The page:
The EPA: Protecting Us from . . . Nail Salons

Good to know that the EPA is finally getting around to looking into the massive environmental threat posed by . . . nail salons.  From the National Journal:

Environmental Protection Agency Administrator Gina McCarthy will take a trip to a San Francisco nail salon Wednesday—a visit intended to shine a spotlight on health risks posed by the industry.

McCarthy’s West Coast trip arrives on the heels of a New York Times expose published last week that documented poor working conditions in New York City-area nail salons, detailing how workers are routinely underpaid and overworked. The article sparked public outcry and prompted Gov. Andrew Cuomo to call for an investigation into worker treatment at nail salons.

“We know more visibility needs to be raised for these issues and we’re working hard to reach communities and to educate folks,” McCarthy said Tuesday at the White House Summit on Asian Americans and Pacific Islanders in Washington, where she announced her nail salon visit. . .

Nail polish and other products found in salons contain an array of chemicals that may pose a threat to public health and the environment. Without proper handling, exposure to chemicals such as formaldehyde can lead to difficulty breathing, skin irritation and other health problems.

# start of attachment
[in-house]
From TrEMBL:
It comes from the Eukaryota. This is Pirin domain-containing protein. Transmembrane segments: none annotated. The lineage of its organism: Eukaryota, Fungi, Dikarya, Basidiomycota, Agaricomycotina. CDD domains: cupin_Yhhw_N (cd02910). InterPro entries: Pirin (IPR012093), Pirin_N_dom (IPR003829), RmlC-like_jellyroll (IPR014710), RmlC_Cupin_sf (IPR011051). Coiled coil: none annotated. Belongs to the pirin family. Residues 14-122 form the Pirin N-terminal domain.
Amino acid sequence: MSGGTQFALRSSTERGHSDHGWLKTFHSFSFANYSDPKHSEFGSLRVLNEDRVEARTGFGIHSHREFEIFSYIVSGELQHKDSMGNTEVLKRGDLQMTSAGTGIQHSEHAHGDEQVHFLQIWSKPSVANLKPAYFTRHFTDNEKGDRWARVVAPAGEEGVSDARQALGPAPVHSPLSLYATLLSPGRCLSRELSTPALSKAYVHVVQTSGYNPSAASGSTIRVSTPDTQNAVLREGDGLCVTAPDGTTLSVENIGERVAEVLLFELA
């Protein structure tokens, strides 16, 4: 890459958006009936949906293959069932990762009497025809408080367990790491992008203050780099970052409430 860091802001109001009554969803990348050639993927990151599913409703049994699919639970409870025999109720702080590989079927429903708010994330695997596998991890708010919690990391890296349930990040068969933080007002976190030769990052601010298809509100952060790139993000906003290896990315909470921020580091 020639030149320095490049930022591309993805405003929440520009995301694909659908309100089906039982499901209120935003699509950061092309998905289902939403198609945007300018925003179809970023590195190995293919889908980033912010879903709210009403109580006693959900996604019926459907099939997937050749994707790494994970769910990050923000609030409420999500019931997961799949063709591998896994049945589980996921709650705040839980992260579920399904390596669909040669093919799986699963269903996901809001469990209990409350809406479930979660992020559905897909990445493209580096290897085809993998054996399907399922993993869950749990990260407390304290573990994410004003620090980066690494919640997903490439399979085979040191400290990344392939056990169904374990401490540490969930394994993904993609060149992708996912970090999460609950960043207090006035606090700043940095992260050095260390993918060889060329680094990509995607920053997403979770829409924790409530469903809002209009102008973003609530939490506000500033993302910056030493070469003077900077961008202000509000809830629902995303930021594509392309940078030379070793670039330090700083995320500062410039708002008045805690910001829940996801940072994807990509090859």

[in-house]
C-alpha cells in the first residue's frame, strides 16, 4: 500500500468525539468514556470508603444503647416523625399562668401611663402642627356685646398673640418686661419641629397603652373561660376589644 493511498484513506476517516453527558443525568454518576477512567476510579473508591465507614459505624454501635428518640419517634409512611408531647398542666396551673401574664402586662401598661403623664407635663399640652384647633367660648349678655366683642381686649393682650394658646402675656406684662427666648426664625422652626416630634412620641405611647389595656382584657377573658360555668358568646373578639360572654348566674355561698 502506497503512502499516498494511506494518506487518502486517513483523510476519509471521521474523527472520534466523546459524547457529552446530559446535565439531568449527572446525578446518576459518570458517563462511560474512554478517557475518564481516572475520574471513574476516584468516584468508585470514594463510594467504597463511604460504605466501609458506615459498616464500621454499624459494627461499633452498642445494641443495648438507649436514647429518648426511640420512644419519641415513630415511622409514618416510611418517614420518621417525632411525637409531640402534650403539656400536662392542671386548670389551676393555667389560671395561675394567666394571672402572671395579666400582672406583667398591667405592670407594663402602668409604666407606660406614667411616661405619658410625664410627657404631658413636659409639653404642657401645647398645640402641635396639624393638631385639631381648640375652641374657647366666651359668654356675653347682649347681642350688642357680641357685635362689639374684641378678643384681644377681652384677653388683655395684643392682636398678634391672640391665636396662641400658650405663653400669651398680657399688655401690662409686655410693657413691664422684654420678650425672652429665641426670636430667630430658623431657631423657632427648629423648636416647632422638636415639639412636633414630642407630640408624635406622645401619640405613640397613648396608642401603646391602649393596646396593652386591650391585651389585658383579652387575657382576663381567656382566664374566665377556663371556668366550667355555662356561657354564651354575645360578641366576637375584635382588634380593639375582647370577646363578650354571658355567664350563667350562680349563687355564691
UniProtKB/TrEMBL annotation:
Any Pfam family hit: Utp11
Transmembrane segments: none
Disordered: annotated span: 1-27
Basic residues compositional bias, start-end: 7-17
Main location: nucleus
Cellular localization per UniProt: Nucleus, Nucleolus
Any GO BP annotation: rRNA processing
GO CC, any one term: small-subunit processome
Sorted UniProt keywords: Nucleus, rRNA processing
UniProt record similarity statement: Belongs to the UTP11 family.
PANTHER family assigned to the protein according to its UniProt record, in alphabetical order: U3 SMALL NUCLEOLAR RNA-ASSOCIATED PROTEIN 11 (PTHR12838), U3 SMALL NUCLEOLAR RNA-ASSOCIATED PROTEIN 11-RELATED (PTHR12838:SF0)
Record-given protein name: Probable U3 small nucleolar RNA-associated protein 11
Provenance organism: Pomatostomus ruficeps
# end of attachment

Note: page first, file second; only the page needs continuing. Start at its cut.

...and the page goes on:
EPA already has put together a federal working group and doled out grants to organizations tackling the industry’s public health and environmental impact created by the use of chemicals in nail salons, McCarthy noted.

And who might new EPA regulations of nail salons disproportionately affect? Hmm. Back in the 19th century when San Francisco imposed lots of restrictions and regulations on Chinese laundries, the U.S. Supreme Court had no trouble making out (and then striking down) the racially discriminatory motive behind some of these restrictions.  Seems to me we ought to take notice of this same kind if “disparate impact” today.


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